Like most companies today, it's best practice to regularly evaluate your risk by performing internal and external (public accessible applications) scans on your IT infrastructure. This investigation provides critical information on your attack surfaces, weaknesses and is often complimentary with pen-testing.
With vulnerability scanning, the entire infrastructure is regularly checked for errors and other potential issues impacting the overall security/risk posture. Configurations, encryption algorithms and protocols that are not as they should be. The error messages leak sensitive details, which should never be revealed to hackers. They provide information on potential vulnerabilities and can provide negative user experiences. (source: OWASP) The scanner checks all IP addresses within an IT infrastructure and whether services are offered, and if so, do these services contain any vulnerabilities.
But… does this also work for an infrastructure in the cloud? And if this is the case, how does that work?
Your IT infrastructure vs. 3rd party cloud
In traditional hosting solutions, a company owns and operates the network on physical servers. This means they manage the entire IT infrastructure, staffing, performing configurations, and maintenance. So what can happen?
Errors often become present and are normally due to lack of processes, resourcing and knowledge, e.g. configuring new servers. Attacker’s often look for these weaknesses (OWASP top 10) such as misconfigurations to gain unauthorised access to assets and information. Often, such flaws result in complete system compromise.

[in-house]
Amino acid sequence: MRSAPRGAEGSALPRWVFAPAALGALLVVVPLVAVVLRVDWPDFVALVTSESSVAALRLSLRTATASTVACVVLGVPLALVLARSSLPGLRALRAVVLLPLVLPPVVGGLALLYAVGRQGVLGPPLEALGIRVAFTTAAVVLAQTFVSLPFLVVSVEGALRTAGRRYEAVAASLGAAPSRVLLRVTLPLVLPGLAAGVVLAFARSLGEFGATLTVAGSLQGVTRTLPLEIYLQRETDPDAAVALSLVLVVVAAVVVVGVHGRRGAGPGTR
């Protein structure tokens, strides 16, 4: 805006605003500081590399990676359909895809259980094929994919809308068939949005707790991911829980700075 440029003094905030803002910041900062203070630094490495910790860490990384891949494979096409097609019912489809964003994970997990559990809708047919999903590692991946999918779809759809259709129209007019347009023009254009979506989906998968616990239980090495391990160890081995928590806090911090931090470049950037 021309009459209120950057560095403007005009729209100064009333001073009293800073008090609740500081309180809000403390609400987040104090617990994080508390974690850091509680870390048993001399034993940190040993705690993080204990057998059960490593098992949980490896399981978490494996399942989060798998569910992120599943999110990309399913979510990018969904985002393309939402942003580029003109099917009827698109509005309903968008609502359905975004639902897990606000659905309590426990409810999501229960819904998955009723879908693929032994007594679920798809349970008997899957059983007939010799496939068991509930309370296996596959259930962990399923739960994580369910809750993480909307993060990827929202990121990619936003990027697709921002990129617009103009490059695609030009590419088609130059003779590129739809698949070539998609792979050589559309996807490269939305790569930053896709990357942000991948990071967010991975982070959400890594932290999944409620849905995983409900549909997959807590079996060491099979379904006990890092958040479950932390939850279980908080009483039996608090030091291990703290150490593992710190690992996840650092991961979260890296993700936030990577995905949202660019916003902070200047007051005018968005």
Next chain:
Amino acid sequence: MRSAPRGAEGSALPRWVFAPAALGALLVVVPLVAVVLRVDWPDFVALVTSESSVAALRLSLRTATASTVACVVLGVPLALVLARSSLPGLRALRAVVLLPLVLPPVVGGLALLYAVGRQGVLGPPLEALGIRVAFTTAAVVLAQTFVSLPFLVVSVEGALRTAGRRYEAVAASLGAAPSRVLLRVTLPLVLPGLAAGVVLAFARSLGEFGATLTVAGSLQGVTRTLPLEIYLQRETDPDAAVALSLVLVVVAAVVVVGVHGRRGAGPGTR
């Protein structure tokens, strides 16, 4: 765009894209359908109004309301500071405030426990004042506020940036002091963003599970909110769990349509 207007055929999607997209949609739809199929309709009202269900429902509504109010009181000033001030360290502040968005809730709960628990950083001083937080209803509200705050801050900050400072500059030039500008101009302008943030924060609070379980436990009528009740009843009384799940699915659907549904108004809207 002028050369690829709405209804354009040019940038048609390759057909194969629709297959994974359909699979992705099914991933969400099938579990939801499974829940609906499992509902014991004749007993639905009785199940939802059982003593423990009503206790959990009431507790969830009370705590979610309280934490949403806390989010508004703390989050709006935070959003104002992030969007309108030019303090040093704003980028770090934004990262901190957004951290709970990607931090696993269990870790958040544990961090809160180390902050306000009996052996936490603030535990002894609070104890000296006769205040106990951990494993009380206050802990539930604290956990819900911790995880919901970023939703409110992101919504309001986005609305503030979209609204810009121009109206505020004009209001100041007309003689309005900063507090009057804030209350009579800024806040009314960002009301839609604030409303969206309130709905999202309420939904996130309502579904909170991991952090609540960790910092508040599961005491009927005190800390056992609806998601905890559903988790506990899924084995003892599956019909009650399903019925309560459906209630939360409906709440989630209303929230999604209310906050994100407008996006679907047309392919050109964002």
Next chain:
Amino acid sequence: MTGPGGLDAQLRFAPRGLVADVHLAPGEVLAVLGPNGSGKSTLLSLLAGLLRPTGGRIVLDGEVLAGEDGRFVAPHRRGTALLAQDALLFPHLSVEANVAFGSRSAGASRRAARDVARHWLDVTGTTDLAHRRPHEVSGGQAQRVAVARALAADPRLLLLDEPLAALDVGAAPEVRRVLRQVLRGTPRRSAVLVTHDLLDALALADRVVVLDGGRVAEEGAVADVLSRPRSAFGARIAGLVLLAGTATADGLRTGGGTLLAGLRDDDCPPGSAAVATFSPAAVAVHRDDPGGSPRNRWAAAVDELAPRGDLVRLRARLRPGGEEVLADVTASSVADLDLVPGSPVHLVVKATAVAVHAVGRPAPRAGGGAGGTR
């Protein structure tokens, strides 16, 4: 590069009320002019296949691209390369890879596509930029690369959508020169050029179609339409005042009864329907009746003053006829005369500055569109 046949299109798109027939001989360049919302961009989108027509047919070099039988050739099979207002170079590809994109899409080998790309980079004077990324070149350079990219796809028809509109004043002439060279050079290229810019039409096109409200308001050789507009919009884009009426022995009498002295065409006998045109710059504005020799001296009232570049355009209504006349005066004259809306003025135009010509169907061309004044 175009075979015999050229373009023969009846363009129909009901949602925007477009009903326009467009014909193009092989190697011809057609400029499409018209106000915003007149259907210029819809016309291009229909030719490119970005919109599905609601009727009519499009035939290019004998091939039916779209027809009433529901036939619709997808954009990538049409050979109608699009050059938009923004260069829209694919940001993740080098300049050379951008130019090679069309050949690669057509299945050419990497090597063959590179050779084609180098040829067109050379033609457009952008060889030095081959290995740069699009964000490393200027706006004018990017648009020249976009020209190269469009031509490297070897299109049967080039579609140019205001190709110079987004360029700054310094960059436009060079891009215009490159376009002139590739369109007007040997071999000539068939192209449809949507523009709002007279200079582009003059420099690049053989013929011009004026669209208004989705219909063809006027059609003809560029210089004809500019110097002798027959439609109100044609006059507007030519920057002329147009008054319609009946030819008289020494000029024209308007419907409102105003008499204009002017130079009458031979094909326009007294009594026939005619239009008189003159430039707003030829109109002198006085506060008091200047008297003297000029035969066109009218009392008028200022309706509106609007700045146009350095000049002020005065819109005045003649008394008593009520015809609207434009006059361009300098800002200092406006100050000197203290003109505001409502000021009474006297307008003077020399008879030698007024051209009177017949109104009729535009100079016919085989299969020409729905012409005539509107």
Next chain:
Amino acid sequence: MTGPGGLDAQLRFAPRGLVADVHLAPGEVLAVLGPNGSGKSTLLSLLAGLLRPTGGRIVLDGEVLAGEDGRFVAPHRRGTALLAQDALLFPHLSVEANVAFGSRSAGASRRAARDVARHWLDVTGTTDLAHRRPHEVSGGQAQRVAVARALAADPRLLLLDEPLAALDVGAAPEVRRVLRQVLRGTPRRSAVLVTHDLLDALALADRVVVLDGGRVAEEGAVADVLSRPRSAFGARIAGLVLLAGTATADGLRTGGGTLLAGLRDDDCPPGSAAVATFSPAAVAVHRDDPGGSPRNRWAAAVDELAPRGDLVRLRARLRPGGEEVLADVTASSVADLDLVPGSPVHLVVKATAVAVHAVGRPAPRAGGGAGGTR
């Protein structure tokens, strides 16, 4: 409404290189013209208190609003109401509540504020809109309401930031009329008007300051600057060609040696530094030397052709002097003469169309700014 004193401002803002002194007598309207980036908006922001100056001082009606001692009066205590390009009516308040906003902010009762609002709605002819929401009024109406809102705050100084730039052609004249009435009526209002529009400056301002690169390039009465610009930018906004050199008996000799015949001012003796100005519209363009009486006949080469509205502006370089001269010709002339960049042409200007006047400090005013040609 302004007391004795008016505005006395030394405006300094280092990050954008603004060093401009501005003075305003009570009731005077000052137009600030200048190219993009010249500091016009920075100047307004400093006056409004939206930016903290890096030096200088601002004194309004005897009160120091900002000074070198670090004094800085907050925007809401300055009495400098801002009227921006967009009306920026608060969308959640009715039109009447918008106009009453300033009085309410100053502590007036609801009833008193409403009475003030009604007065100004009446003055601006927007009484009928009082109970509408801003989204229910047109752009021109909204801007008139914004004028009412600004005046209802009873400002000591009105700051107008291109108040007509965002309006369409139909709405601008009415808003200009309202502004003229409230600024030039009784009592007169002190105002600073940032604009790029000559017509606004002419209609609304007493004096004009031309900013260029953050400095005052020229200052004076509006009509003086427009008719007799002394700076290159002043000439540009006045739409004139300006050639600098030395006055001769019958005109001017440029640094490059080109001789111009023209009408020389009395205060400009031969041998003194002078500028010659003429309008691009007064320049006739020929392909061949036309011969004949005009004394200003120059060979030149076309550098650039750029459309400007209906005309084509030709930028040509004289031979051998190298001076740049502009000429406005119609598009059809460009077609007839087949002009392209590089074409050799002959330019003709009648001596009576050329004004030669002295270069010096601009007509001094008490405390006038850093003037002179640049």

As an example, when using automated deployments, unattended applications and misconfigurations can be deployed. As a result, new potential vulnerabilities may become introduced, making it important to regularly scan the entire network and validate it is still in a secure state.
It is important to note, owning your IT environments makes scanning networks much easier, as you have your IP addresses (IP ranges) configured into scanning tools like Marvin_. These scanning tools automate checks for vulnerabilities and produces a report with findings.
When using 3rd party services, you also purchase firewalls and routers through cloud services like AWS, Microsoft Azure, or Google Cloud Platform. These solutions are popular because they enable scalability, remote working, Compliance e.g. GDPR, real-time analysts, big data, and more.
However, there are some important considerations to keep in mind. Key considerations when scanning your cloud infrastructure:
Consideration 1 - Cloud-based solutions are shared by 3rd parties
When using a cloud solution, the infrastructure is not entirely under your control. You typically hire (server) machines assigned with an arbitrary IP address. This means platform providers do not give each customer an IP range.
To make it more complicated, you are not only working together with Amazon, Microsoft, or Google but also additional 3rd party service providers. As a result, when scanning your infrastructure, you are unable to scan entire ranges. You need to make careful selections, so scanning coverage is specific to your IP addresses.
- We recommend reviewing selected ranges each time you scan, as IP addresses change constantly. Furthermore, scans can appear to (server) machines as attacks, so it pays off when carefully making and managing your selection on ranges.
Consideration 2 - Check standard configurations